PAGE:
Covid-19

Education Webinar

School Reopening: The Great Debate

While there are social costs associated with keeping children out of school for a prolonged period of time, dissenting views around the reopening of schools, particularly how and when this process should begin, persist. 

For critical education sociologist and former mathematics educator Dr Sarah Black, the reopening of schools is not about the “ifs” but rather the when and how “…and understanding the complexities [of] a [education] system that is as diverse as South Africa’s”. 

Black was speaking during a Daily Maverick webinar held on Thursday 28 May to discuss the impact of the extended learning break, whether schools can guarantee the safety of teachers and pupils and other unanswered questions around the return to schools. 

On the other side of the discussion, was Dr Nic Spaull, an education economist who emphasised that children from poor communities will bear the brunt of prolonged school closures. 

Spaull also pointed out that children are at low risk of developing severe symptoms of the coronavirus. 

“The evidence emerging from around the world is that children seem not to be the index case in a household. It’s much more likely that a child is infected by an adult than it is for an adult to be infected by a child,” said Spaull. 

Spaull further added that this is international research and evidence that has been endorsed by leading medical researchers like Professor Shabir Madhi, who supports the reopening of schools. 

On 20 May, Basic Education Minister Angie Motshekga finally announced 1 June as the return date for Grade 7 and Grade 12 learners. At the time, Motshekga said the date had been approved by the National Coronavirus Command Council along with the Cabinet, but a school calendar is yet to be gazetted. 

“I don’t think it’s going to be neat and tidy. It’s going to be patchy and a scatter. Sometimes schools are going to be opened for two days, and closed for a month,” Black said. 

She elaborated that because consultations – which have mainly been led by the Department of Basic Education – on the reopening of schools were shaky and some questions remain unanswered, now is not the right time to reopen schools. 

“This is a moment where people’s anxieties, concerns and precarities are coming to the fore, and so the lack of consensus-building and legitimacy from the department of education has eroded what little trust there was in the first place,” Black emphatically said.

But, critical to the medical research that relates to children and how the coronavirus progresses in their immune system, is the fact that it remains unclear whether children can transmit the virus to adults. 

Black added that many schools are already struggling to provide the basic infrastructure needed to meet the social distancing requirements that would make schools safe for people to return. 

Spaull maintained that although the research originates from high-income countries, some of the mitigation measures adopted by South Africa, like the national lockdown, were imported from high-income countries.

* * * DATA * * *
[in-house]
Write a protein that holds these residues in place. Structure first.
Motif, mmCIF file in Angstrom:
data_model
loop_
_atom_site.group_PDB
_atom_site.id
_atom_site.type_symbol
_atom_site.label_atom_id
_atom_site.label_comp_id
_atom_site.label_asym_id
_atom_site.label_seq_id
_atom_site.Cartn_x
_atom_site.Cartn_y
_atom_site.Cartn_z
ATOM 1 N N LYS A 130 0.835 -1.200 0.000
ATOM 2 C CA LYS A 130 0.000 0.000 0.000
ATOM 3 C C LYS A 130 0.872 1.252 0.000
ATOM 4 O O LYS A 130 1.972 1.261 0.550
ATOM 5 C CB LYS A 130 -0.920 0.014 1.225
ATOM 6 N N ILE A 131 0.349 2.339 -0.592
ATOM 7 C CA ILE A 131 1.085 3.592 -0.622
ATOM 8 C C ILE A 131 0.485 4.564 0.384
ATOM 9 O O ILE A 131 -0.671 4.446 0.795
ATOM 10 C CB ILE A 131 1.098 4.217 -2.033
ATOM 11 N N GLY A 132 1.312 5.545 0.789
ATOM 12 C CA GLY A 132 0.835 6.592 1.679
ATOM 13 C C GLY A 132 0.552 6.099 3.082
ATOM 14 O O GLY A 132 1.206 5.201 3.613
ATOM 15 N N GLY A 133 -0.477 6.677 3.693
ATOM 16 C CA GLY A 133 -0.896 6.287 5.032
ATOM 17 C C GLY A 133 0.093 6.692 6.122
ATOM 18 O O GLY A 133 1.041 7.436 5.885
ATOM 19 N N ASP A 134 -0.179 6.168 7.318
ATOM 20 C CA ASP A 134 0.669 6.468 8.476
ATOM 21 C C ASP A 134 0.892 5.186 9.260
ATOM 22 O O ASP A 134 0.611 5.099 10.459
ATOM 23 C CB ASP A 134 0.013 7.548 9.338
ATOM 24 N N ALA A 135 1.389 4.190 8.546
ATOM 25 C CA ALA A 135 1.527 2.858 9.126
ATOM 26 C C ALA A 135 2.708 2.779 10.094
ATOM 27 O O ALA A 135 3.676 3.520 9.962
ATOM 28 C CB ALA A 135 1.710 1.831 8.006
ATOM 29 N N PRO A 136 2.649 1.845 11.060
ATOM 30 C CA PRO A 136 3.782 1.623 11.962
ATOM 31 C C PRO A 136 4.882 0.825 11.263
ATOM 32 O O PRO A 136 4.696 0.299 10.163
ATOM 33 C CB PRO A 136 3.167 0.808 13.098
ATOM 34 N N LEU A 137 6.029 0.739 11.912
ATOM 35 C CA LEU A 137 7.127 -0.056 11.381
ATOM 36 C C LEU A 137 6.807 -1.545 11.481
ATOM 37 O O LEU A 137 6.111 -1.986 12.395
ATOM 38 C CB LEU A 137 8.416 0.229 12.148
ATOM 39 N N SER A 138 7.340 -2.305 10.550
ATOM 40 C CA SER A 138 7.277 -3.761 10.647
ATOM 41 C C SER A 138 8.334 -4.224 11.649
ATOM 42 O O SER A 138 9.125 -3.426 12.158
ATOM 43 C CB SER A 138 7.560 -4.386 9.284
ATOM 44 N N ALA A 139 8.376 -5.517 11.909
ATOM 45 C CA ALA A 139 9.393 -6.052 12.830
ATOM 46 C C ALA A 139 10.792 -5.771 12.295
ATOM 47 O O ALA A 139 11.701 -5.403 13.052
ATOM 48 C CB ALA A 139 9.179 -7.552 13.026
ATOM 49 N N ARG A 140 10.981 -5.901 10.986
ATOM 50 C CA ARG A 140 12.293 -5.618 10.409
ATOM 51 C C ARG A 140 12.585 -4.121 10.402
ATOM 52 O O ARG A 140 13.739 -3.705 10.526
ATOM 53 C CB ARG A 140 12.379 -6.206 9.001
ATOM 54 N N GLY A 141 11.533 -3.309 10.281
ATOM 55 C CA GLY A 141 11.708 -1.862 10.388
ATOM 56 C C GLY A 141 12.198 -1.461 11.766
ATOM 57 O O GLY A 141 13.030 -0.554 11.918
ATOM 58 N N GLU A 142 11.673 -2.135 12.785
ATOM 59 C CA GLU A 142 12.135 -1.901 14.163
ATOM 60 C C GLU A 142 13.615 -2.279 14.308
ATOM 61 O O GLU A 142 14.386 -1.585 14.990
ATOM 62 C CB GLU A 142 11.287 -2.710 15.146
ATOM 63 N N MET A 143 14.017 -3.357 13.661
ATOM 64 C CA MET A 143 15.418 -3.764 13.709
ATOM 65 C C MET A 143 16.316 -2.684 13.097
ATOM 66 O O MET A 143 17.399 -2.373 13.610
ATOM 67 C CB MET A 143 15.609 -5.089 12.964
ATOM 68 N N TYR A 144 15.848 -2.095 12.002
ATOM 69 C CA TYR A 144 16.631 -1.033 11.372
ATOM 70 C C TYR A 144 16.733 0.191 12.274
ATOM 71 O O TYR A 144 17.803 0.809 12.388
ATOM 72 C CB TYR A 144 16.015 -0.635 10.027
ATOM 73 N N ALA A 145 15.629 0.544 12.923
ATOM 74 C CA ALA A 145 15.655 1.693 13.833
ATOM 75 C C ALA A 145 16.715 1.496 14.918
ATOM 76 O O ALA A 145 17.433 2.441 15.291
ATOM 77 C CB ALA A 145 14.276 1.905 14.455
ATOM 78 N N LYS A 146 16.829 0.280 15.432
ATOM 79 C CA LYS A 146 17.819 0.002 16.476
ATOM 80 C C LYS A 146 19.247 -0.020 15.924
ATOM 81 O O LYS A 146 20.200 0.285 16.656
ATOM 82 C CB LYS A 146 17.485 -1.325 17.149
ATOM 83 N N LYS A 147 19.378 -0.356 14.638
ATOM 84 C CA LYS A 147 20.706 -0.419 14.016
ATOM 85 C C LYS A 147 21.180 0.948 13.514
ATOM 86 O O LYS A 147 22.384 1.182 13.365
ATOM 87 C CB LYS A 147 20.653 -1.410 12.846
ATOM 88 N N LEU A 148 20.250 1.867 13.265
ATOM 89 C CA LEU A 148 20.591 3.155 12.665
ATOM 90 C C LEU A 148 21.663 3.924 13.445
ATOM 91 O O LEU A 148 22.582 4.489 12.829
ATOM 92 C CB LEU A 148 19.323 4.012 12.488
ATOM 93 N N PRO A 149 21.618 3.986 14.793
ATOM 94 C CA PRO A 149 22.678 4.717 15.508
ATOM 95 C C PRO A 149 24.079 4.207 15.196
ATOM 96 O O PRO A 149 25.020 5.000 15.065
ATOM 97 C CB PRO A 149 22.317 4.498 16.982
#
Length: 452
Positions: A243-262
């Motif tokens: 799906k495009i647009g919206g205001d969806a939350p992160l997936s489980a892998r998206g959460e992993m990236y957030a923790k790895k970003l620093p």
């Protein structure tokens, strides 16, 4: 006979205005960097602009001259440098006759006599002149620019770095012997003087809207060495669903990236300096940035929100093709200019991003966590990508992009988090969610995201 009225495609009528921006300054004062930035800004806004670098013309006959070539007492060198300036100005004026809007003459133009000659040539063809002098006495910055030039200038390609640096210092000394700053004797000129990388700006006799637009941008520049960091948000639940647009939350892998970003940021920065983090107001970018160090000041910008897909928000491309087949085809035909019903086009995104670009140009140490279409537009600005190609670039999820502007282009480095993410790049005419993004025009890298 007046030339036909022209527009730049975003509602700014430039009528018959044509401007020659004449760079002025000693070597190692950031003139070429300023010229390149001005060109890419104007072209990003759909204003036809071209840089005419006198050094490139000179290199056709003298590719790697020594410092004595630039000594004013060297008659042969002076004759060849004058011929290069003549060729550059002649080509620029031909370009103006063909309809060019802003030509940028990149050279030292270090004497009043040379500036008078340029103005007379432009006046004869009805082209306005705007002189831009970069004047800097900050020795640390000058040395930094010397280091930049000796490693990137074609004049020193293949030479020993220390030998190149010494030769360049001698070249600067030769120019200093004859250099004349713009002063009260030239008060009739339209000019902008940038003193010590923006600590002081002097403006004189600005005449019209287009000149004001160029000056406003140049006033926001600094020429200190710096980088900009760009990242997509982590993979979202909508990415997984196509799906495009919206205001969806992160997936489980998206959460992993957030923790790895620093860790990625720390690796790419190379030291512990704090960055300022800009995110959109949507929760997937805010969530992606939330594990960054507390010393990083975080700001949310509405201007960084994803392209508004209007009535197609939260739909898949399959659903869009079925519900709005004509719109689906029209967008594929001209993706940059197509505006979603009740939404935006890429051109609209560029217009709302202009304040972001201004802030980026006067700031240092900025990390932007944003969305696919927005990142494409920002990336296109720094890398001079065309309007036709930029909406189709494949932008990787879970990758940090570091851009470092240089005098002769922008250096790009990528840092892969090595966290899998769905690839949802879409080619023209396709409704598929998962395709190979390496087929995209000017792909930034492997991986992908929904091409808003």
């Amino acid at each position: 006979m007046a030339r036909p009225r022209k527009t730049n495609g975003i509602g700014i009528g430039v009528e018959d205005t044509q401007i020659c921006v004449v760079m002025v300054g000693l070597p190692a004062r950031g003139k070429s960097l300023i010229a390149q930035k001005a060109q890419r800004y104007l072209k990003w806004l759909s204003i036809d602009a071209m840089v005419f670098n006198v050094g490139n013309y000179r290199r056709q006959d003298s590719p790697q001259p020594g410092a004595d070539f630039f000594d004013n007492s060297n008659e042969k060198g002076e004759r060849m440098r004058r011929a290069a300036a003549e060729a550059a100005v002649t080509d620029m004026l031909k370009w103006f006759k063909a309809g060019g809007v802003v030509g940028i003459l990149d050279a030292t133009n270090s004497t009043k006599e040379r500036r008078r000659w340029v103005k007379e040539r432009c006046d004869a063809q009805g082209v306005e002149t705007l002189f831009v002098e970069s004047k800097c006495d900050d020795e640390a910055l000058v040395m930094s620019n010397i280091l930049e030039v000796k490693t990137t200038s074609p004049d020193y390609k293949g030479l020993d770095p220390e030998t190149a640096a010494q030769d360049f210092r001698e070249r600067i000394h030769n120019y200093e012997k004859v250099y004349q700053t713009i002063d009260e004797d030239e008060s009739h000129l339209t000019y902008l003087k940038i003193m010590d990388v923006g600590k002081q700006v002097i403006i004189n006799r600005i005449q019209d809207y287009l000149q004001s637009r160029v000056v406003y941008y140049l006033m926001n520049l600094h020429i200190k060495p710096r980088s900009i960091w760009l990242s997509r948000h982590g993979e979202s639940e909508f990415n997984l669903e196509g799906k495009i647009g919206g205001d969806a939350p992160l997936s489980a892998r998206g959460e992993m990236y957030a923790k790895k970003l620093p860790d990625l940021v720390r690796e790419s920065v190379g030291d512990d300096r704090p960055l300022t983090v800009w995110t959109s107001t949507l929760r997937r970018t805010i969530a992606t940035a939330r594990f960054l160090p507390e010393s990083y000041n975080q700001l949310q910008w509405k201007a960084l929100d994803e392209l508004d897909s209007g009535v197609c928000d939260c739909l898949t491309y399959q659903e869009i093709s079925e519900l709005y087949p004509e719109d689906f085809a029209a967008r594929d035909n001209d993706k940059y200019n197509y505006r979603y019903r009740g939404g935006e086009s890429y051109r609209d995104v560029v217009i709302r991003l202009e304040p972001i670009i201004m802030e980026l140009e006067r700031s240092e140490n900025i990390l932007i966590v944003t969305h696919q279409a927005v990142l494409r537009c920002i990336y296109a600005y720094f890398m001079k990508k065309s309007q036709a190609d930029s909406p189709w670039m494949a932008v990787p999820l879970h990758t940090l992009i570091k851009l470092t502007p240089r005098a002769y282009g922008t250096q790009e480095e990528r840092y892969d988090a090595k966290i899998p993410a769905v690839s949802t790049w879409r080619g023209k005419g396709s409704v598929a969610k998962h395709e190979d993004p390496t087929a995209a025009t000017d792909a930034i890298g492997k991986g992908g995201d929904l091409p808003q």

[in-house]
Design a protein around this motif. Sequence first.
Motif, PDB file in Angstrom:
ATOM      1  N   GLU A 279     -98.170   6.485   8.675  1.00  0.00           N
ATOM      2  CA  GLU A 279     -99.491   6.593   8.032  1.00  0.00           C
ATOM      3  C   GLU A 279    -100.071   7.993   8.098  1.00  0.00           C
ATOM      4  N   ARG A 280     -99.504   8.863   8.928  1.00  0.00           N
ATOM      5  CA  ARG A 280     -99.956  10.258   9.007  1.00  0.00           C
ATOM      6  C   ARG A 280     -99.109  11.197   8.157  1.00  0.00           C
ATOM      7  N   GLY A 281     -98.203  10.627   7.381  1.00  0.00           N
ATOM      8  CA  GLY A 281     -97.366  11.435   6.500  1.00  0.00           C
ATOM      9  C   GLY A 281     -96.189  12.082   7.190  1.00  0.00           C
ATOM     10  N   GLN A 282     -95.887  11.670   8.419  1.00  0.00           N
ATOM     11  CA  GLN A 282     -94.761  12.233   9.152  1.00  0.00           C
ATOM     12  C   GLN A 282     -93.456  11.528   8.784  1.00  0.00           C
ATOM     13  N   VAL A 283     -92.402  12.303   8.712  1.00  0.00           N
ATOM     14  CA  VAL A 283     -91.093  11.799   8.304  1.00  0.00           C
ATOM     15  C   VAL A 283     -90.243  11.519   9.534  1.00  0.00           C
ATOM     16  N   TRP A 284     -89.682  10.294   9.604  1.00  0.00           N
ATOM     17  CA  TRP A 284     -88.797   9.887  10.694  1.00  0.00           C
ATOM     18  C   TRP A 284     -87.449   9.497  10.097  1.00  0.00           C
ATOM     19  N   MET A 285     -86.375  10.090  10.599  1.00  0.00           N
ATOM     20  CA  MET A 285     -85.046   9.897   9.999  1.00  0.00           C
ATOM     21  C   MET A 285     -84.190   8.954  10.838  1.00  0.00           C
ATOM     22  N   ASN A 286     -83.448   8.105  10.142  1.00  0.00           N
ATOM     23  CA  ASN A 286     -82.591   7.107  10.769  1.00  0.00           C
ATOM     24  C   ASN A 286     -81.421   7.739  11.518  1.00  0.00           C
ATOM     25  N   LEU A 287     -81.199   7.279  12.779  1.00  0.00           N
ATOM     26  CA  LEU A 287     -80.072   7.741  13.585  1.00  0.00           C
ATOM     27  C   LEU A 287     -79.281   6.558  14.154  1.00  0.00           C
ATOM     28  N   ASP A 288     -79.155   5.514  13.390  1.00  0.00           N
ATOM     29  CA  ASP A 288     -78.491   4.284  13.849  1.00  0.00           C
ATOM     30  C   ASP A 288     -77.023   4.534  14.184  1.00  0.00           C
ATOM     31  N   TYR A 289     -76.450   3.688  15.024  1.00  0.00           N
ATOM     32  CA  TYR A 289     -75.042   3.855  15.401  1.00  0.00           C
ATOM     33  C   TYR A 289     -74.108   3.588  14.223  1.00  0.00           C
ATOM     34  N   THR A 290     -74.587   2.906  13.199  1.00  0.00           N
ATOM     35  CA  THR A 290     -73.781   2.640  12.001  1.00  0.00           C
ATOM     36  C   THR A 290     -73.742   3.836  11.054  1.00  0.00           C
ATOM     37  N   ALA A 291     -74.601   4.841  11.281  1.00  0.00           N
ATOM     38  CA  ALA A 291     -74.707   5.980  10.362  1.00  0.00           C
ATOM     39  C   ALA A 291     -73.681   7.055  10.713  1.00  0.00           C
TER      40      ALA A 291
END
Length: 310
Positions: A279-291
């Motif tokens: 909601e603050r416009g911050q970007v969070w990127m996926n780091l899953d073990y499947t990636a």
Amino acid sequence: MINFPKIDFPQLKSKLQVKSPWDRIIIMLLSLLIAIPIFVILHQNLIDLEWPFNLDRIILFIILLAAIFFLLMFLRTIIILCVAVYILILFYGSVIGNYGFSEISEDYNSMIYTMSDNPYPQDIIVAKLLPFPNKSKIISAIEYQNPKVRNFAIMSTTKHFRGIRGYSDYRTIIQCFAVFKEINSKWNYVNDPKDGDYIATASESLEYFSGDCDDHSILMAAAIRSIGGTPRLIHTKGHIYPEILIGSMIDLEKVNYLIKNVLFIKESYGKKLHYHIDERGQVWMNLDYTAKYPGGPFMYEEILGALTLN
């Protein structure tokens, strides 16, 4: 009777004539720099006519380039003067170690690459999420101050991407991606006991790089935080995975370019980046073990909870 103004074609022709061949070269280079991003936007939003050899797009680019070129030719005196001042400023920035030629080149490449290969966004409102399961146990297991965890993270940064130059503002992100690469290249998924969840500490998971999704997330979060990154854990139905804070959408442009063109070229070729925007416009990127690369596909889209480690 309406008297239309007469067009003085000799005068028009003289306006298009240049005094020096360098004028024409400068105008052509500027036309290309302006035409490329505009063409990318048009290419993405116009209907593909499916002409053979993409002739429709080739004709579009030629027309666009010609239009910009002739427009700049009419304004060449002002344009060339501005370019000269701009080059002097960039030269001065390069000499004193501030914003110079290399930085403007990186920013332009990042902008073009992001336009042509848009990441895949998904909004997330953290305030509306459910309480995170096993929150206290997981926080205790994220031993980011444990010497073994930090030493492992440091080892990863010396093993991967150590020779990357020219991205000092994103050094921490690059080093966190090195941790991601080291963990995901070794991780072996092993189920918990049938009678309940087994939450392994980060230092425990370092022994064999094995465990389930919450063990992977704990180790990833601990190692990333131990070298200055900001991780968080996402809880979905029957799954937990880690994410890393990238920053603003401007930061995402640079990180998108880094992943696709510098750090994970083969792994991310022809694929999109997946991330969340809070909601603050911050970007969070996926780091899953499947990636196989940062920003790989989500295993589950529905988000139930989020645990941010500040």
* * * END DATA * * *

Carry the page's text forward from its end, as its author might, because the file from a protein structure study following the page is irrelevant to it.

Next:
“But what people are saying is that if you are much closer to a very low threshold of poverty, for example around hunger and starvation, not being able to work and make an income for your family can have very detrimental impacts on nutrition for children,” he said. 

An element that has been missing in the discussions about reopening schools, is the fact that the cohort of children returning to school on 1 June are not 18. 

“Most of our matrics are not even 17 or 18, most of our matrics are 19, 20 and 21 years old. 

“This is not to say that science shouldn’t inform policies, but rather that, bringing in a single discipline and expecting it to provide us with all the answers about a complex environment like schools seems to be burdening that discipline to provide answers that it actually can’t,” Black said. 

Black added that many schools are already struggling to provide the basic infrastructure needed to meet the social distancing requirements that would make schools safe for people to return. 

Monday 25 May was supposed to be the return date for all educators as schools continue to prepare for the reopening of schools. 

But this process has been largely hamstrung by the incapacity of provincial departments to timeously deliver items like personal protective equipment (PPE) and other issues relating to lack of water and sanitation facilities in a number of schools. As a result, not all educators returned to school on Monday. 

“We can look at the data, we can look at the science and [say] ‘well, rationally speaking your child will not be at risk’, but there’s more to these kinds of decisions than just looking at statistics and figures,” said Black. 

Spaull told webinar attendees that the Covid-19 infection rate “is the one indicator we’re using to summarise everything, without recognising that there are a whole bunch of other metrics we should be looking at the same time. And we should have a combined health approach.” 

A widely accepted view among education experts, educators, and unions is the inevitability of reopening schools. 

For Spaull the new normal “is not keeping schools closed, it is about how do we co-exist with this virus which is going to be with us for the next two years”. 

Black stressed that if people are to imagine living with the virus in a way that enables opening up the economy, keeping children safe and continuing with teaching and learning, schools need to be equipped with the basics to be able to operate, and not just PPE. DM

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